There are two solutions available for the high-level OLE Automation problems: plan OLE Automation implementation in advance, and divide up the workload of OLE Automation as to not lump it all on one person.

Planning OLE Automation in advance means that in the early stages of the project, all team members should be educated as to what OLE Automation is and how it works. This education is necessary because many software developers consider implementing OLE Automation a very difficult task when in fact it can be quite simple if planned correctly. After this education the team members should discuss how OLE Automation can be most easily implemented and who on the team is most qualified (or most willing) to coordinate the implementation. Also in this planning stage the team members should decide which OLE Automation objects to expose and how to expose them. This should be done in order to make OLE Automation easier for the end user to use, and to also make all team members aware of how detailed OLE Automation will be.

After the planning stage, the chosen OLE Automation leader should divide up the task of Automation between the various team members. Ideally, the leader should still be responsible for about 80-90 per-cent of the actual implementation; the remaining 10-20 per-cent should be assigned so that some of the more complicated Automation routines could be programmed by the people who designed the objects they are meant to expose (eg. the line guru would program the Automation line object ). Another advantage of this is that the individual programmers will keep in mind the needs of the OLE engineer when designing their own sections.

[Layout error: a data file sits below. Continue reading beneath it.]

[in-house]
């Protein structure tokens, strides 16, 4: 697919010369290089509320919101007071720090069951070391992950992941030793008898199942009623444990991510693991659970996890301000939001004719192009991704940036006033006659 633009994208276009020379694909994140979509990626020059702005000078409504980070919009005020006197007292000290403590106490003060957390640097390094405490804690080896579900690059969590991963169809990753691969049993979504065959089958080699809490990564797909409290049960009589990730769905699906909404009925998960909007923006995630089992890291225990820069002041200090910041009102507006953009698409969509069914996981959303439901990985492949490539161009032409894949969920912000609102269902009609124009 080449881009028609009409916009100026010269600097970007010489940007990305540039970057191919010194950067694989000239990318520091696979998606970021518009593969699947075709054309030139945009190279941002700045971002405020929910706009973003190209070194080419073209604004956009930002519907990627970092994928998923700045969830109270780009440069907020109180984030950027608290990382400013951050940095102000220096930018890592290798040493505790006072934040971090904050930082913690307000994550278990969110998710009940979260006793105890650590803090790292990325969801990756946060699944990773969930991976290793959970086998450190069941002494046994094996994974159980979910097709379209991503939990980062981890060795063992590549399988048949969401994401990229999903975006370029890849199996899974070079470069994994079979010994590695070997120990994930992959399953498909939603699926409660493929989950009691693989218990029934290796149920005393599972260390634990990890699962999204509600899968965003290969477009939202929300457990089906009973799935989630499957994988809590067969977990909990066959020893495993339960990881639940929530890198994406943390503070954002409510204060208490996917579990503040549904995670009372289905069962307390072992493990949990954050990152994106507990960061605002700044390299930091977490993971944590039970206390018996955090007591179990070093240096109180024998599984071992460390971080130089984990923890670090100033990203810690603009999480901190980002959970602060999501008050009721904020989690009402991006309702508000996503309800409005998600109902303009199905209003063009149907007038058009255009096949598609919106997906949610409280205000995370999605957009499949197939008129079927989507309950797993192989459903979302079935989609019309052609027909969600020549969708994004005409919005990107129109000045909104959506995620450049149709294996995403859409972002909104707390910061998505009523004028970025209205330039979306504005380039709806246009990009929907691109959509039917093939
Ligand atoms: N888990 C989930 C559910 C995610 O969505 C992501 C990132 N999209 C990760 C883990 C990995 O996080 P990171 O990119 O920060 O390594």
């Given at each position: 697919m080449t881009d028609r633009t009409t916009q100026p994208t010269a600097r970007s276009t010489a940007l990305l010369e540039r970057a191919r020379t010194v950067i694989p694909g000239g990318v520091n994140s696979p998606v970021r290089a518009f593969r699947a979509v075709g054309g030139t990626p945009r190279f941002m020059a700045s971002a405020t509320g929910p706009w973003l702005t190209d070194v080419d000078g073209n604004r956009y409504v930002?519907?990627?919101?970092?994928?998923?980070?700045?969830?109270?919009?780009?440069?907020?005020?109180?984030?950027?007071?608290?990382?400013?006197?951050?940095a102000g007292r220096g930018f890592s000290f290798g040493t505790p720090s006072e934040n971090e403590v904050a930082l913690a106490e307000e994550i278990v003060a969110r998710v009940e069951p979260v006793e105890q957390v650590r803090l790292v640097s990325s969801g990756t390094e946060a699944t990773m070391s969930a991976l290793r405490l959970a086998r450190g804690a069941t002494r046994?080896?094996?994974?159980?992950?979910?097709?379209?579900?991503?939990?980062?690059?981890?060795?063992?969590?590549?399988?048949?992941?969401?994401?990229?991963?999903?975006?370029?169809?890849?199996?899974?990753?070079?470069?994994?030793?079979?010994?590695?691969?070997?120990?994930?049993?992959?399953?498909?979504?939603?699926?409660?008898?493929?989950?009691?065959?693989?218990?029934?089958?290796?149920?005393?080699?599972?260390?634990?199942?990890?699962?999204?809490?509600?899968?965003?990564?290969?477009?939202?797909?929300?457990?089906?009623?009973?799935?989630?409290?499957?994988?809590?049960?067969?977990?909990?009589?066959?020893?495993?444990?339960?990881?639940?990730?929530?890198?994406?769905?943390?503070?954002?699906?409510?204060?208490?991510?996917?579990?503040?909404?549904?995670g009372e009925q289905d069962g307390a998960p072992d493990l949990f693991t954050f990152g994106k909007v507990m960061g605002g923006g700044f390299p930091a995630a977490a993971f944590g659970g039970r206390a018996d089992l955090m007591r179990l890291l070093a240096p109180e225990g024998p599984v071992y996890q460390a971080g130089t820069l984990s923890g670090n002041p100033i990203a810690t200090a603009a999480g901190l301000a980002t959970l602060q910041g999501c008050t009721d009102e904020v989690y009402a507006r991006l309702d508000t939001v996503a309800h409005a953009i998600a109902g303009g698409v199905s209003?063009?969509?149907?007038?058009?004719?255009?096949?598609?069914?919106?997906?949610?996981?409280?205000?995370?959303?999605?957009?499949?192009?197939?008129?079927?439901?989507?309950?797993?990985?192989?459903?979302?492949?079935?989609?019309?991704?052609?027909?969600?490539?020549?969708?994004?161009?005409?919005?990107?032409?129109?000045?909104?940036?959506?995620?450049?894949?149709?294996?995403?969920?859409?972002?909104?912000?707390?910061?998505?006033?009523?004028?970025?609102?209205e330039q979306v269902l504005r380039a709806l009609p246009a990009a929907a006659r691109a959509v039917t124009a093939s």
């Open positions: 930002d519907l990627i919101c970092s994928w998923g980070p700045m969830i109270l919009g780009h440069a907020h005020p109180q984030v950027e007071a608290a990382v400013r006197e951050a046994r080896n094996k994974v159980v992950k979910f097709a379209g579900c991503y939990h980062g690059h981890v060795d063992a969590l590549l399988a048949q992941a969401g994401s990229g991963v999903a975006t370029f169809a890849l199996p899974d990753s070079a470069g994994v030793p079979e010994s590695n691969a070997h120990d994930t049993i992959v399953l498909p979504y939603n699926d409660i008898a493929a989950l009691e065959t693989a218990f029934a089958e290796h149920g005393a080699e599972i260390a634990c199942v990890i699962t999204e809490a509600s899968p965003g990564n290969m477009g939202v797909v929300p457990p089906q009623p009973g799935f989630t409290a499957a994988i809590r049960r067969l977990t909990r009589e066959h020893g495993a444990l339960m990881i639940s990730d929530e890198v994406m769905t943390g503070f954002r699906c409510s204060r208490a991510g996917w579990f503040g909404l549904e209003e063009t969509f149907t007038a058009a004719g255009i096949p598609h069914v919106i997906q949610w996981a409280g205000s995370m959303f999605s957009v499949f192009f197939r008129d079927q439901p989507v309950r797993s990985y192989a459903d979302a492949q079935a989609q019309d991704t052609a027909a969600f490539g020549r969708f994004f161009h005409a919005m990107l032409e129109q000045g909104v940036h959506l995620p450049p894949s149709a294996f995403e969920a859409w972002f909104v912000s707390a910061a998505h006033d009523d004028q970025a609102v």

By now the high-level implementation of OLE should be complete. All that remains is actually writing the code which, as pointed out earlier, is error-prone as well. Besides dividing up the programming tasks (as mentioned before) another solution to inefficient low-level implementation of OLE Automation is to use object-oriented design methodologies to create common functions that are used by both the actual tool to be exposed and by the Automation function that exposes it. For example, if the line tool is being Automated it would be ideal if there was a function in the actual line tool code that does most (if not all) of what the Automation code needs to accomplish. This obviously results in a lot less Automation code, implying a more efficient and maintenance free low-level implementation of OLE Automation.

By using both these high-level and low-level techniques the myth that OLE Automation is hard to design and program should be shattered as a maintainable, efficient, and well planned OLE Automation implementation should result.